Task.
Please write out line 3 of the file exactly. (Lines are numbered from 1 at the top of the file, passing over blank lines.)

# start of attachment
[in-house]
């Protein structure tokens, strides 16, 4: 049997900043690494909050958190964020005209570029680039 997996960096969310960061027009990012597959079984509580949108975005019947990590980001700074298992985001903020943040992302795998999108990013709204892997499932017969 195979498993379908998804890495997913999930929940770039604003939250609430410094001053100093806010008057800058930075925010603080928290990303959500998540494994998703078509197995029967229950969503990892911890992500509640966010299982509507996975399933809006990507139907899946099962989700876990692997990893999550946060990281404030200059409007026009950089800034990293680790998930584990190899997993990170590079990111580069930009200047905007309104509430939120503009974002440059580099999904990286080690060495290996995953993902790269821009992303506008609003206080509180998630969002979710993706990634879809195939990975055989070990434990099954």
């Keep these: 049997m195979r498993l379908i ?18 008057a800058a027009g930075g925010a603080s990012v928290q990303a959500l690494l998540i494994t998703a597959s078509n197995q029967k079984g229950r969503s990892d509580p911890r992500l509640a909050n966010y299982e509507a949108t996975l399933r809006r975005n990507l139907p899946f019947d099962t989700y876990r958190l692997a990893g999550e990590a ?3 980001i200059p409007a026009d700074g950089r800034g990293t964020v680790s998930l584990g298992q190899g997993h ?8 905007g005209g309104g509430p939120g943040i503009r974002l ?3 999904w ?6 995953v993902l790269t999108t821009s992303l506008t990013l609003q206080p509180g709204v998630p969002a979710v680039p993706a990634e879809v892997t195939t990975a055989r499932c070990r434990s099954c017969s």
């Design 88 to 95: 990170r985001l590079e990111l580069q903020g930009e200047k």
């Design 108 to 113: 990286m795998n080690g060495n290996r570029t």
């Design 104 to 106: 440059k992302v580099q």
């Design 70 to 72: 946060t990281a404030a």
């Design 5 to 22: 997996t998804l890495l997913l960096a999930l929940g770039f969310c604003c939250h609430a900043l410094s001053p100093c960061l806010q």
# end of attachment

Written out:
């Keep these: 049997m195979r498993l379908i ?18 008057a800058a027009g930075g925010a603080s990012v928290q990303a959500l690494l998540i494994t998703a597959s078509n197995q029967k079984g229950r969503s990892d509580p911890r992500l509640a909050n966010y299982e509507a949108t996975l399933r809006r975005n990507l139907p899946f019947d099962t989700y876990r958190l692997a990893g999550e990590a ?3 980001i200059p409007a026009d700074g950089r800034g990293t964020v680790s998930l584990g298992q190899g997993h ?8 905007g005209g309104g509430p939120g943040i503009r974002l ?3 999904w ?6 995953v993902l790269t999108t821009s992303l506008t990013l609003q206080p509180g709204v998630p969002a979710v680039p993706a990634e879809v892997t195939t990975a055989r499932c070990r434990s099954c017969s």